Facing a $25 Billion budget shortfall, California’s double-digit unemployment and housing price declines aren’t exactly the stuff of the “land of dreams” reputation…
Los Angeles (Reuters) – Erich Kwek’s new office is awash in sunlight and impeccably ordered, with enough space for a desk, small sitting area and a conference table. If you didn’t know better, you might mistake it for a corner office at a successful corporation. But the long whiteboard on the opposite wall is a reminder that this room was never meant to be an office at all.
A year ago, Kwek’s office was a classroom filled with first graders. Today, the superintendent of South Whittier School District looks out of his windows into an empty schoolyard.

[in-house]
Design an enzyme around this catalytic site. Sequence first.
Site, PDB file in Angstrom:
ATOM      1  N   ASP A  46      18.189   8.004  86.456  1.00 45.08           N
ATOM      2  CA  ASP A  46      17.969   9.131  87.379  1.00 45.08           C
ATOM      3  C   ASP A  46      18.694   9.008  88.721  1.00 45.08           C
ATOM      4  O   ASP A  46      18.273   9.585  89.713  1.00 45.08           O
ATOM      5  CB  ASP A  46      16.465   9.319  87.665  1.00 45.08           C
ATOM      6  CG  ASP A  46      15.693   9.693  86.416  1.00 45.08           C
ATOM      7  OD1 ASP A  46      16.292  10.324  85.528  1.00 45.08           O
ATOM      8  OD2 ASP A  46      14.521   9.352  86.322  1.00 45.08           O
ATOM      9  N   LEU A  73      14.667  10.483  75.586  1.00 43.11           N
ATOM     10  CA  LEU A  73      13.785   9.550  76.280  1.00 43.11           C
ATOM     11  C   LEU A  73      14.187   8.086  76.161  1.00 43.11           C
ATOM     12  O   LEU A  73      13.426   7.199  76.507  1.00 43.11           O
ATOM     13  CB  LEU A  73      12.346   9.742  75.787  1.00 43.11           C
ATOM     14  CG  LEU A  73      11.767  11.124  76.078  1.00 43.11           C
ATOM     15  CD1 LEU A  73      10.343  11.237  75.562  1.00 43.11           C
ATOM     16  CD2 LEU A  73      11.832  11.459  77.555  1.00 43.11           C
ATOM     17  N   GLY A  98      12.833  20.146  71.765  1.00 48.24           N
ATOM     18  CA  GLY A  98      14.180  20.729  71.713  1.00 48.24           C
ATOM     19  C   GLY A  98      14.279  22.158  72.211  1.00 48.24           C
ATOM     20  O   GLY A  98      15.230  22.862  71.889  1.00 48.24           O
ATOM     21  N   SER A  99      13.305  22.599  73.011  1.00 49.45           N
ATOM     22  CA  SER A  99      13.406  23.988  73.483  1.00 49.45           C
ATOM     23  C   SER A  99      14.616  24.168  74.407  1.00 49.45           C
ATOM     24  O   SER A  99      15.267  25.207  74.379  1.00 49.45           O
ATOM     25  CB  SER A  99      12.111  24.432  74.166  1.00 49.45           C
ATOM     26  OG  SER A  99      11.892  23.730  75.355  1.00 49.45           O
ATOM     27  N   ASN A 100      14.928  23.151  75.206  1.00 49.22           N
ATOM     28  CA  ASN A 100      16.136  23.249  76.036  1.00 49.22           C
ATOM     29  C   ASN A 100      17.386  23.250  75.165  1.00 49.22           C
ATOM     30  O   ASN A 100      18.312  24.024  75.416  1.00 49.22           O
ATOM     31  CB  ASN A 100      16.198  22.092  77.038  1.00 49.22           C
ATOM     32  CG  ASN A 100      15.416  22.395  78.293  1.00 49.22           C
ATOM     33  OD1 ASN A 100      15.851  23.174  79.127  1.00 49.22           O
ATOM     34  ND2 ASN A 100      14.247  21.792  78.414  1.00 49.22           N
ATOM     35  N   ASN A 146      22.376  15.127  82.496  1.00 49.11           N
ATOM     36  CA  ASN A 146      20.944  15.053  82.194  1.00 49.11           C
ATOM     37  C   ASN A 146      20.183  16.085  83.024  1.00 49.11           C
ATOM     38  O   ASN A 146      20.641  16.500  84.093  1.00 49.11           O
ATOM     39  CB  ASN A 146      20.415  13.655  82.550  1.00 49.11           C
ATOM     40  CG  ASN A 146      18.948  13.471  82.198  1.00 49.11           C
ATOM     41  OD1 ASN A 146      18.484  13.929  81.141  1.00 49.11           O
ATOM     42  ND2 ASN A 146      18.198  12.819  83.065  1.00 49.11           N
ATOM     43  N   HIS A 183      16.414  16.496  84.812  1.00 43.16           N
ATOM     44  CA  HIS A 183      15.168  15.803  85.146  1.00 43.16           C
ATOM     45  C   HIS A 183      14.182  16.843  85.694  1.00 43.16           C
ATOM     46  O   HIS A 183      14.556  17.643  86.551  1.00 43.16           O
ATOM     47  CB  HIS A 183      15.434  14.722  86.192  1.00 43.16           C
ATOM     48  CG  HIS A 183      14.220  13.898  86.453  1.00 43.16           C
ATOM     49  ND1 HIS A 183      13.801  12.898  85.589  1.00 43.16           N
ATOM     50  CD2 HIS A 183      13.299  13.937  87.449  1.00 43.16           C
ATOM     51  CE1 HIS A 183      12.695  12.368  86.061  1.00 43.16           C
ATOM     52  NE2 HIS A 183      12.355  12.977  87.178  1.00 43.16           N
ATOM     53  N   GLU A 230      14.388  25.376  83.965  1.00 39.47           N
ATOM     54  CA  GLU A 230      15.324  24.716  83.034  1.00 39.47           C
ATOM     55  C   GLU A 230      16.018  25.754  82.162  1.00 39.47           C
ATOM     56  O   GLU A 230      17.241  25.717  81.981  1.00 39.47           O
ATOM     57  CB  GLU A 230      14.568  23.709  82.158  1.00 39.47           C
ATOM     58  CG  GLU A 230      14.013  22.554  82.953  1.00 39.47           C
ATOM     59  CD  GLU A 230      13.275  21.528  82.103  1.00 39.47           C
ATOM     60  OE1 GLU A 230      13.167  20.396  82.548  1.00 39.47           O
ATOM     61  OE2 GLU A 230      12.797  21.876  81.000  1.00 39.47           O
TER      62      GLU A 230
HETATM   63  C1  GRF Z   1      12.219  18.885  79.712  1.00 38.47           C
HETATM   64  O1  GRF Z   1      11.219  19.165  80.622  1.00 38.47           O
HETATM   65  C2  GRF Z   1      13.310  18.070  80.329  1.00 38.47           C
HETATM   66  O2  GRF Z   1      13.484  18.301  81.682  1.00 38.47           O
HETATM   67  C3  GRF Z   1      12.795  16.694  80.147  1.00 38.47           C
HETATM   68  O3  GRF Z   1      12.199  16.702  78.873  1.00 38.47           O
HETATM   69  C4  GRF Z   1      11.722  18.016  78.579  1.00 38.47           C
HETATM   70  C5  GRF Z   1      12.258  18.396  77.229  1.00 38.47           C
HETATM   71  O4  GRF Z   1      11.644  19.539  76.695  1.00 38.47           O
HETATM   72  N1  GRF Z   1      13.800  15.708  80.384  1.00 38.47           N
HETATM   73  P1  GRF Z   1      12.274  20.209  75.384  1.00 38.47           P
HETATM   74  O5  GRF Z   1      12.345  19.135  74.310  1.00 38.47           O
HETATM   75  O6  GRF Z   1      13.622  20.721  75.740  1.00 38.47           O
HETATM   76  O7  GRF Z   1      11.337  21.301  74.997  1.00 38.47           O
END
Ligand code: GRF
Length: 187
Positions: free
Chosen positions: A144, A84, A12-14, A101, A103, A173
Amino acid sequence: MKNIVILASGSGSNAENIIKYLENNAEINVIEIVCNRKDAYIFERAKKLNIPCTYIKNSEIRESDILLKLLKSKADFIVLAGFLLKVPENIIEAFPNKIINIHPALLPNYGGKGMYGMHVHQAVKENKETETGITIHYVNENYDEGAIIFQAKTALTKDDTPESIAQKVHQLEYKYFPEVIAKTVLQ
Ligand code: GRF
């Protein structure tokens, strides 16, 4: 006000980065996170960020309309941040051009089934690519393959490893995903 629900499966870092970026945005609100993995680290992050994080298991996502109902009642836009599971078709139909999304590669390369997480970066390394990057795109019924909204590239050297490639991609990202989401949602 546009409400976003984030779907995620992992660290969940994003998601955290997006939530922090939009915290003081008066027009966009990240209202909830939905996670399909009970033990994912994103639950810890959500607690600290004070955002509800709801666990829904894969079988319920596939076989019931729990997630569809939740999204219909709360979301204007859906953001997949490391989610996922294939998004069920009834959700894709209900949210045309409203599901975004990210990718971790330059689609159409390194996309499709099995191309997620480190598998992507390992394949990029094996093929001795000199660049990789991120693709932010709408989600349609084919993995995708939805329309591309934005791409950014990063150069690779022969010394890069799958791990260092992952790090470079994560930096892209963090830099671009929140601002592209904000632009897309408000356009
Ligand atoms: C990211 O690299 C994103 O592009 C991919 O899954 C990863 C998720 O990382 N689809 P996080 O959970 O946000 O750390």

At the end of the last school year, California state budget cuts forced Telechron Elementary School to go on summer vacation for the last time. Soon after, the district moved its administrative offices into the low, white brick building until it can decide what to do with the property.
Kwek’s system is in a downward spiral: as state austerity forces cut after cut and jobs remain elusive, students and their families are leaving — to areas that hardly seem to be competitors for the California good life. This year, the district lost 175 kids — double the number it had planned for.
“People who were here for jobs moved out, whether it be back to Mexico or out of state, or whatever,” Kwek said.